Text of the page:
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What are the parts of an angle clamp?

Angle clamp main parts

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Parts of an angle clamp All angle clamps have similar parts. However, the position of these parts can vary slightly depending on the make and model. The main parts consist of a number of jaws with clamping surfaces, a screw and a handle.


The jaws hold the workpiece during clamping The jaws are the part of the clamp which hold the workpieces during clamping. They are designed with a ‘V’ shape compartment where the workpieces are placed, in order for them to meet at a 90 degree angle. Each jaw has a clamping surface along its edge, which is pressed against the side of a workpiece during clamping, keeping it in place.
The back jaw can tilt

Back jaw

On a single screw angle clamp, the back jaw can pivot to various angles, to allow for workpieces of different sizes to be clamped.

A double screw angle clamp has two back jaws A double screw angle clamp has two back jaws which can be adjusted independently using the connected screws.
The front jaw can move to adjust for workpieces of different thickness

Front jaw

Single screw angle clamps have a front jaw (also known as the head) which can be moved backward and forward, and pivoted to the left or the right, in order to fit workpieces of various thickness.

The jaws are shaped like a V It has two clamping surfaces which make up a ‘V’ shape and are used in conjunction with the clamping surfaces on the back jaw to hold a workpiece steady.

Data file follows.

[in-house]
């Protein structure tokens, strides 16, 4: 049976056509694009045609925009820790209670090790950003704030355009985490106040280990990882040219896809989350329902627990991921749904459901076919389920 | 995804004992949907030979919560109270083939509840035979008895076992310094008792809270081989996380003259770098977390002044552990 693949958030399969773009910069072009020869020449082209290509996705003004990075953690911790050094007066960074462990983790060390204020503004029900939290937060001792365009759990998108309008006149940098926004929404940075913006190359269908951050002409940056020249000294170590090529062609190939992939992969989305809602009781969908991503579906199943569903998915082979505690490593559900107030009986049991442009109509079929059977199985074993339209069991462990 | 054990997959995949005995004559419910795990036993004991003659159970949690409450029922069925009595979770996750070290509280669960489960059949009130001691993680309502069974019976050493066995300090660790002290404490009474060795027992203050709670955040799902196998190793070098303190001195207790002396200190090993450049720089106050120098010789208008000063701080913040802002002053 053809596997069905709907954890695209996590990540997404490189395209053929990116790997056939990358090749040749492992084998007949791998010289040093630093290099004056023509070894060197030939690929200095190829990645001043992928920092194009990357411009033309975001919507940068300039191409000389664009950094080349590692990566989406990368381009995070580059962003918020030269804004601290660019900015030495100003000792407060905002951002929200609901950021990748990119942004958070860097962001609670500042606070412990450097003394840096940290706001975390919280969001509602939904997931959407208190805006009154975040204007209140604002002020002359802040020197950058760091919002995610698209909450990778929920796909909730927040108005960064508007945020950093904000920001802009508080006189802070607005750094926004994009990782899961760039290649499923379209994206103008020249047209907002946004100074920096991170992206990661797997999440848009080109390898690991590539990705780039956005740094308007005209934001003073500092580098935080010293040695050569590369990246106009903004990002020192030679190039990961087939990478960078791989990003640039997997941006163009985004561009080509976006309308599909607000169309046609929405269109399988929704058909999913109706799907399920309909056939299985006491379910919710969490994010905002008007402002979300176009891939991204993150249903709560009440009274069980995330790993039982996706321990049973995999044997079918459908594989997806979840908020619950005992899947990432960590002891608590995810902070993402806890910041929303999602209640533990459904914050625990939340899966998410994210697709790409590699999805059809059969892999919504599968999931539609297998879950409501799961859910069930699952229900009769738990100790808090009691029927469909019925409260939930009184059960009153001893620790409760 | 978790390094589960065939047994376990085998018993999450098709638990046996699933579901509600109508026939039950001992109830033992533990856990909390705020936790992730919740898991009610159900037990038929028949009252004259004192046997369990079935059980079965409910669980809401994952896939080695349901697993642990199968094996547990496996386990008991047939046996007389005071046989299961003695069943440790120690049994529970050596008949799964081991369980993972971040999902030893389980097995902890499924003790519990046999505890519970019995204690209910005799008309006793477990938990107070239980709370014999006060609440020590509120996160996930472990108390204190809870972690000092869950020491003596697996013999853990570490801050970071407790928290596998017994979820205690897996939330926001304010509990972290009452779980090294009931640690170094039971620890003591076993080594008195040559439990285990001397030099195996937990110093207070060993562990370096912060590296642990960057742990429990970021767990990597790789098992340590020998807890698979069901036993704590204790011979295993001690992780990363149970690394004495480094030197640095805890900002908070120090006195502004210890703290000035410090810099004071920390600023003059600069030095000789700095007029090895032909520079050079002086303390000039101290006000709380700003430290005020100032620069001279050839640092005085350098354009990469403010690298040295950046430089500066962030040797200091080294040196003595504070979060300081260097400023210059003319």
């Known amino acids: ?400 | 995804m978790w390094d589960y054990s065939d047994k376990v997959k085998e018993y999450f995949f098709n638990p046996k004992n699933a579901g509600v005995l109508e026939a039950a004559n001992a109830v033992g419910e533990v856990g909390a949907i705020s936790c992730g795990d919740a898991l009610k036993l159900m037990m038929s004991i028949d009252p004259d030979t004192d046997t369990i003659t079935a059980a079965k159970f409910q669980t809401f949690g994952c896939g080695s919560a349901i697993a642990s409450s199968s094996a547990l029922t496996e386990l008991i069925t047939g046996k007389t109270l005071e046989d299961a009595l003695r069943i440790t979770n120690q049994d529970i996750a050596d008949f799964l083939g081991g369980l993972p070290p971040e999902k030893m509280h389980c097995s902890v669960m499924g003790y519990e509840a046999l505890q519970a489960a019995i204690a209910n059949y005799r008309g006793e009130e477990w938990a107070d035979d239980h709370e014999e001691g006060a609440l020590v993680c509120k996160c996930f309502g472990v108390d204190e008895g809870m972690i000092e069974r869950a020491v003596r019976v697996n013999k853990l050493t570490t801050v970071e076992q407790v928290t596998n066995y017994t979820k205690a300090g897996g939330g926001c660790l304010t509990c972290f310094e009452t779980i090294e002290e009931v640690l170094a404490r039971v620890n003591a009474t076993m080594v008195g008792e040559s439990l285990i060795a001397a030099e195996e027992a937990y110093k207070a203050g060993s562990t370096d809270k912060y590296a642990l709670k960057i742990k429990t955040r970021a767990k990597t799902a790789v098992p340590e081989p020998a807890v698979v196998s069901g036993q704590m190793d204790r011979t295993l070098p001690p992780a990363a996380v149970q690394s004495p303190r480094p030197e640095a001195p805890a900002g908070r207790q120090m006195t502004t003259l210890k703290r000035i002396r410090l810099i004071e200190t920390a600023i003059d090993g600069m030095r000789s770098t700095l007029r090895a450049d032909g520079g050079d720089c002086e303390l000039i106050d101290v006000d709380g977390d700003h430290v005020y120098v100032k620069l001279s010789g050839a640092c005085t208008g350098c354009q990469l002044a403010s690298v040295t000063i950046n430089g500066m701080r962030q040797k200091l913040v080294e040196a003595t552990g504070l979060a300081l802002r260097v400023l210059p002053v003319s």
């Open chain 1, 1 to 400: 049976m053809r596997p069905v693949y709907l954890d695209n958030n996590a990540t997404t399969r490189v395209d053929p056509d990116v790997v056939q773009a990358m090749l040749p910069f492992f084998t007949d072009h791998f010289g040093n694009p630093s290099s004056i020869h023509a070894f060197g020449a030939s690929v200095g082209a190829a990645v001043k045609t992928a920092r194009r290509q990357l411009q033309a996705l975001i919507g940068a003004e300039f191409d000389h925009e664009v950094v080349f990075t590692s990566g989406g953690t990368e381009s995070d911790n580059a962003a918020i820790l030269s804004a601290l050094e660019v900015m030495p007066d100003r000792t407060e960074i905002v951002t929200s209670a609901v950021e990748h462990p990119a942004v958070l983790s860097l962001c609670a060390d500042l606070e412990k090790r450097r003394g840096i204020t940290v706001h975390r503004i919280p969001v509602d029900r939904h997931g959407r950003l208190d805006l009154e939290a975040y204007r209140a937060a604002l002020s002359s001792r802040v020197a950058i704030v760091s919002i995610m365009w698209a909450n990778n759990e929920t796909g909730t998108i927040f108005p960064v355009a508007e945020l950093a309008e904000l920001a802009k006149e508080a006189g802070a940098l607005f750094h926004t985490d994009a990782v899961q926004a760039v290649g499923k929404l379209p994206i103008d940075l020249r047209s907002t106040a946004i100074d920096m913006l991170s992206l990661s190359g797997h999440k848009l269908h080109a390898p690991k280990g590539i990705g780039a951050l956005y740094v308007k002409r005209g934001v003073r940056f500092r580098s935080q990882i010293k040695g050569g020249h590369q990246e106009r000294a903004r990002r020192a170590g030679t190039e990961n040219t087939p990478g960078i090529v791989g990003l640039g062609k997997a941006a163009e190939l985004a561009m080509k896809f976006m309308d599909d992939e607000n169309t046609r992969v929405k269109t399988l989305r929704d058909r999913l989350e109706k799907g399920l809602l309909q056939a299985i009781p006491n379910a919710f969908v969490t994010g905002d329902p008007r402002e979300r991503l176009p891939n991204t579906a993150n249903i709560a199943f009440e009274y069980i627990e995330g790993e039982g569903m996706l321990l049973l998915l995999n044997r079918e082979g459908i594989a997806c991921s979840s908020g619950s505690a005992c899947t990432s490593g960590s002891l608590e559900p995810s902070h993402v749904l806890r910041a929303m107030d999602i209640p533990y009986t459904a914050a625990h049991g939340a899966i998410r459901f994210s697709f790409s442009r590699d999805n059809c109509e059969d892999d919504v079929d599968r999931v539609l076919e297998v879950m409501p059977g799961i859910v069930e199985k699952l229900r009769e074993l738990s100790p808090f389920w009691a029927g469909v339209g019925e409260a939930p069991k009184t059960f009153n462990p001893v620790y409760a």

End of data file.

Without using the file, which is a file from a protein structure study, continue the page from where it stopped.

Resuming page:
A double screw angle clamp has two front jaws A double screw angle clamp has two front jaws, which are static and set at a 90-degree angle to each other.


An angle clamp has a large threaded screw An angle clamp has a large threaded screw, which is responsible for controlling the opening and closing of the jaws. An angle clamp will have at least one screw – however, some models have two. The screw is rotated by turning the handle.


The handle controls the screw The handle controls the movement of the screw by either tightening it or loosening it, depending on the direction in which it is turned. When the handle is turned to the right, the screw will be tightened and the jaws will close. When the handle is rotated to the left, the screw will loosen and the jaws will be opened.
Some angle clamps will have a sliding pin handle Similarly to the screw, an angle clamp may have more than one handle. A double screw angle clamp will have two handles, usually in the form of a sliding pin.